The role of the Boy-Bishop in this encounter is both satiric and didactic. Although the throwing of dice was a common pastime in the later Middle Ages, this form of gambling was also understood to be a pernicious vice, one that indicated the corruption of those who played at it. In Chaucer’s Canterbury Tales, for example, dice-playing appears again and again as the symbol of folly and evil. The Pardoner speaks of it, together with drunkenness, as the “devels sacrifice”; the Franklin indicates that it is the very opposite of virtue and frugality; the Shipman shows it to be the negation of the merchant’s craft. In “The Cookes Tale” it is portrayed as a form of sin which, along with dancing, lechery, and drunkenness, leads to idleness and theft. These views were commonplaces of the moral teaching not only of Chaucer’s time but for the three centuries following. According to Sir Thomas Elyot, writing in 1531, dice-playing was the devil’s invention:
For what better allective coulde Lucifer deuise to allure or bringe men pleasauntly in to damnable seruitude, than to purpose to them in fourme of a playe, his principall tresory; wherin the more parte of synne is contained, and all goodnesse and vertue confounded?
The governor of the game of dice, of course, is Fortune, which by nature is changeable, alternately bringing good and bad to those who are at her mercy. Accordingly, to play at dice is to abandon God’s will and moral purpose to go over to mere chance. At the same time, it is to deny one’s capacity to reason and to act. In the words of Elyot again,
there is nat a more playne figure of idleness…For besides that, that therin is no maner of exercise for the body or mynde, they which do playe herat must seme to haue no portion of witte or kunnyng, if they will be called faire plaiars.
In the Bristol Common Council this understanding of dice-playing took on added significance. By the city’s charters, the principal duties of the councillors were, first, to establish competent ordinances “that shall be consonant with reason and useful for the commonalty,” and, second, to levy local tallages and rates for common purposes and oversee their proper expenditure. To sit at the mayor’s counter throwing dice represents the absolute abandonment of these responsibilities. Where reason and prudence were supposed to prevail, we find chance and profligacy; where the councillors were supposed to act as the better and more worthy men of the community, we find them idly playing with no apparent regard to their standing. As Chaucer tells us,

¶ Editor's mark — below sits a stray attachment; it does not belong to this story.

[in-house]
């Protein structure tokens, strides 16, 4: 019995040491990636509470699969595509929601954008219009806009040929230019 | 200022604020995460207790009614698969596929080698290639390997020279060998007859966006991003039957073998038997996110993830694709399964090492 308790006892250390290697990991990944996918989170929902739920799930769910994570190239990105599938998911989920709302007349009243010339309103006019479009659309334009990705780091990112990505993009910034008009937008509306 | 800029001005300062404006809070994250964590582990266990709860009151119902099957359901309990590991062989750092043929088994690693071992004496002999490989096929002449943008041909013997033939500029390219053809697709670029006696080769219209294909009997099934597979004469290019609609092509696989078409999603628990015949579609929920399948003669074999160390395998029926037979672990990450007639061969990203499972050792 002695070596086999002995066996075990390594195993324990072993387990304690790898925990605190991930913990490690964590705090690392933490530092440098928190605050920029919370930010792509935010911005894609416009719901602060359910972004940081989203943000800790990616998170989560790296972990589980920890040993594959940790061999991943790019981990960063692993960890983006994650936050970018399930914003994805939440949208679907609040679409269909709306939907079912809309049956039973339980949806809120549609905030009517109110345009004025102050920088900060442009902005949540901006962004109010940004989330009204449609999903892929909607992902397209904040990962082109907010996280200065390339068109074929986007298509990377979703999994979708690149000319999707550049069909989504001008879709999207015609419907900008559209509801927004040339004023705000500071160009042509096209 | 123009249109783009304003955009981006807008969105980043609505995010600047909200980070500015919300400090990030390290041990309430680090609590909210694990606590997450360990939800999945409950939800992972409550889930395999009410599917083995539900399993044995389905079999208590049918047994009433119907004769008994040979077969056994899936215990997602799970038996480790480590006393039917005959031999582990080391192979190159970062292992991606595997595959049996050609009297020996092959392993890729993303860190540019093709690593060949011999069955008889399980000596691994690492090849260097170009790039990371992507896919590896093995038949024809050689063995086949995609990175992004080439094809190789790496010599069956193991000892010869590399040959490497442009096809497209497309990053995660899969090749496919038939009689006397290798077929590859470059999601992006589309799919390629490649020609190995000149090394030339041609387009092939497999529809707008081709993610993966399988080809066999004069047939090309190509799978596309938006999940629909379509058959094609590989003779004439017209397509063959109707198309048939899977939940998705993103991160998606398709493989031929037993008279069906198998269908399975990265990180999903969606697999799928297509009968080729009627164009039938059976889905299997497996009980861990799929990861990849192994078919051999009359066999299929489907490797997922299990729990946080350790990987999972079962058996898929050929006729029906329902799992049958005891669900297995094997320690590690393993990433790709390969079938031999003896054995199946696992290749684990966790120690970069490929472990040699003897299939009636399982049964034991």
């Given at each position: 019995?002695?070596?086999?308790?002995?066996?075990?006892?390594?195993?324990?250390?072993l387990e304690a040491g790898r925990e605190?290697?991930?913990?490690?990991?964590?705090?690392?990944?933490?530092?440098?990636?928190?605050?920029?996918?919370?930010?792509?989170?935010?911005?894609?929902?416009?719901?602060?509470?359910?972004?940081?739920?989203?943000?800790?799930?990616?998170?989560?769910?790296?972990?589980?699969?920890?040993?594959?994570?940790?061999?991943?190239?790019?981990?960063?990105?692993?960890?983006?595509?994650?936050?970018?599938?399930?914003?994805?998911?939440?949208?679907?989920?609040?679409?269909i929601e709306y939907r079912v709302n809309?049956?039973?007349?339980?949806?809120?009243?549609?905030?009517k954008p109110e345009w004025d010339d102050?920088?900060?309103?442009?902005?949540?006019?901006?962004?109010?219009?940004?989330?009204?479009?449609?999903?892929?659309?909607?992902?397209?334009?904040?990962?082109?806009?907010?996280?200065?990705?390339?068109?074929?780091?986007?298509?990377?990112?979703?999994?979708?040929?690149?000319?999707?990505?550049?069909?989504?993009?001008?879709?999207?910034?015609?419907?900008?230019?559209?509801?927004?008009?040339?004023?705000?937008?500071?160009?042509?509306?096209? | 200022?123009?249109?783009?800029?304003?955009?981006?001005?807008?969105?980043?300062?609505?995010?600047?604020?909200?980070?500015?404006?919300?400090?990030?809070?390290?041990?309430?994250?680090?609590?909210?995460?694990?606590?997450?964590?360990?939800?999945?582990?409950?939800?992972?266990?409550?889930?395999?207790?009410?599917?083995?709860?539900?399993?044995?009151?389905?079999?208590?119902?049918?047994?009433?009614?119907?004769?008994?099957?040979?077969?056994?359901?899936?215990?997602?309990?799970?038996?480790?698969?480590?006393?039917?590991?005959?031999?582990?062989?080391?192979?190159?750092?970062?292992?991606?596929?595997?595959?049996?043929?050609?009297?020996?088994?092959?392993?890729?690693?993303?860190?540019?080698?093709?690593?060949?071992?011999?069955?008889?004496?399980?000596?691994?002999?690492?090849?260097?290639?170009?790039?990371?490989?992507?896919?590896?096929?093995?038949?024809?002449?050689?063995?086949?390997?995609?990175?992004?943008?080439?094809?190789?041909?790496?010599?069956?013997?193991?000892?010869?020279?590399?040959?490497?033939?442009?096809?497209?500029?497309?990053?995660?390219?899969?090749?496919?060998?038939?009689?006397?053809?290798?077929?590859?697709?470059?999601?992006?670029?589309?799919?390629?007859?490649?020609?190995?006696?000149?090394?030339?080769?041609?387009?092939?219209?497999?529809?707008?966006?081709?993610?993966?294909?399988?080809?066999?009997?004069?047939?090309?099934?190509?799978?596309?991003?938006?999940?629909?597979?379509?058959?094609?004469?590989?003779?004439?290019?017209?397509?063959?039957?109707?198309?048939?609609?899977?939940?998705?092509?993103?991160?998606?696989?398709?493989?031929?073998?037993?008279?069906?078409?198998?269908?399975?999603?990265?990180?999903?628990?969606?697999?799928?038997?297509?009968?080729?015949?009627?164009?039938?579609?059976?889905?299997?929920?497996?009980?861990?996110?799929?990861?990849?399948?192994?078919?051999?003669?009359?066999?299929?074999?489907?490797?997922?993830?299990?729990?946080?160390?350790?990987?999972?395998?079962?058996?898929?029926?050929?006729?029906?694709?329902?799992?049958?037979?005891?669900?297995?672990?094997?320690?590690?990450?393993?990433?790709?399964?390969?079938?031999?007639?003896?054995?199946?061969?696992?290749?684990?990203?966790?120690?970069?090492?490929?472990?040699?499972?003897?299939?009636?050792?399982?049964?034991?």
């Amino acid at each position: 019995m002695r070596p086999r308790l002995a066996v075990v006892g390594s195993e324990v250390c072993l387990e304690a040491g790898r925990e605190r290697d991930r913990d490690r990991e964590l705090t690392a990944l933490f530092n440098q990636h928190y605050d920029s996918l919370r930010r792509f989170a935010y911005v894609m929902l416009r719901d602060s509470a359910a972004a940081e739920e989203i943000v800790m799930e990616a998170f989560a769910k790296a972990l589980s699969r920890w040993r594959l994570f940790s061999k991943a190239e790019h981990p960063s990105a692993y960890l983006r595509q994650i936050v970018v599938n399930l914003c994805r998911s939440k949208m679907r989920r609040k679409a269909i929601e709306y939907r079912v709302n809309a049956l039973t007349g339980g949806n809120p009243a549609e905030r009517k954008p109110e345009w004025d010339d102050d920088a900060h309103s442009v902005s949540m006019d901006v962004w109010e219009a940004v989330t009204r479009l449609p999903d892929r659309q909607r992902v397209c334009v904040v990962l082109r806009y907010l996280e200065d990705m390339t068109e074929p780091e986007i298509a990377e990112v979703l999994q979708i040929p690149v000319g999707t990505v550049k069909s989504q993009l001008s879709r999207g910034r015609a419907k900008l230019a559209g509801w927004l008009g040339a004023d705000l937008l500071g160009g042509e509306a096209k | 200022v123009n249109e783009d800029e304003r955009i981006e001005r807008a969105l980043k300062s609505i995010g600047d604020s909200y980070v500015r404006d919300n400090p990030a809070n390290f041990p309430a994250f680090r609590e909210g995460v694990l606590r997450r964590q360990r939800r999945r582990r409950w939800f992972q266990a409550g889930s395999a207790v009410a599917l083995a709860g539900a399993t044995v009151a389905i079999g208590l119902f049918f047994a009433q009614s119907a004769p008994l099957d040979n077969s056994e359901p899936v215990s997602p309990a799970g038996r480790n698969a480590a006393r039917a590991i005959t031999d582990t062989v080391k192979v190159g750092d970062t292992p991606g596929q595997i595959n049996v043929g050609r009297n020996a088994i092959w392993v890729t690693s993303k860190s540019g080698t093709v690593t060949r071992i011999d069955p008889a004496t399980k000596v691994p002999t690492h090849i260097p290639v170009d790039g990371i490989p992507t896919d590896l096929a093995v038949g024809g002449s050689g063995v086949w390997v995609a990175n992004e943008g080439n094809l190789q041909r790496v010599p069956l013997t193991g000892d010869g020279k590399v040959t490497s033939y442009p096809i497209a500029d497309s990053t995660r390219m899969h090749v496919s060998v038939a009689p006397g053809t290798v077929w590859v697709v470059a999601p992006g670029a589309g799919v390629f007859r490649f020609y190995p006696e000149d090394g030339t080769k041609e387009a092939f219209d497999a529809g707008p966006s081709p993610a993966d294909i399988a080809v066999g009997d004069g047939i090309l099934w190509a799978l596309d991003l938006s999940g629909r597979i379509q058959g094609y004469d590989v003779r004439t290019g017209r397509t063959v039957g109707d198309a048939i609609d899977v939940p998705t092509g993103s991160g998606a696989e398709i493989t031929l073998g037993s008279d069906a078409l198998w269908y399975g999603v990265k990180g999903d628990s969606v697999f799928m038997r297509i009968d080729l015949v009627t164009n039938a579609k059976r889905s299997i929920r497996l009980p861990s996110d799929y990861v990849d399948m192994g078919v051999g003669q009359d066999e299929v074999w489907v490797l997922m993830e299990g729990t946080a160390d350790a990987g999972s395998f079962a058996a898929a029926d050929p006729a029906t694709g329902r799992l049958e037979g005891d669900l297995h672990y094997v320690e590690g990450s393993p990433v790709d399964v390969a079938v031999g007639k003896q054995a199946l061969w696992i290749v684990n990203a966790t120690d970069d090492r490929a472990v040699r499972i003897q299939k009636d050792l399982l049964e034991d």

Hasard is verray mooder of lesyngs
And of deceite and cursed forswearings
Blaspheme of Crist, manslaughtre, and wast also
Of catle and of tyme, and furthermo
It is repreeve and contrarie of honour
For to ben holde a common hasardour
And ever the hyer he is of estaat
The moore is he yholden desolaat
If that a prince useth hasardry
In all governaunce and policye
He is, by commune opinioun
Yholde the lasse in reputacioun
The significance of the Boy-Bishop’s visit to the Guildhall may perhaps be better understood by looking briefly at a surviving sermon of a Boy-Bishop given at St. Paul’s, London, in the early 1490s. Beginning with the exhortation “Prayse ye childerne almyghty God,” this sermon likens man in childhood to animal kind:
A childe fyrste whan he is in his infant age is not contreyned unto no lawes; he is not corrected nother beten; and there is no defaute layde unto hym, but utterly he is lefte unto the lawe of kynde. Do he what somever he will no man doth blame hym. Morally the state of man immedyately after synne was verely the state of chilhode and infans hauinge no nouryce.
Adult life, of course, was to be just the opposite: under law, and subject to blame and punishment when it failed to obey. But if it fell under the control of the passions, it became childhood again. As the Boy-Bishop says,
The message is double-sided. Quoting St. Paul in Corinthians, the young preacher says,
whan that man was utterly without ony expressyd lawe, havynge no mayster to his owne naturall inclynacyon as to his lawe, there was no lawe of God newe put to hym.
Be not chylderne in your wyttes; but from all synne and malyce be ye childerne in clennesse. And in this fourme all maner of people and al maner of ages in clennese of lyf ought to be pure as childrine.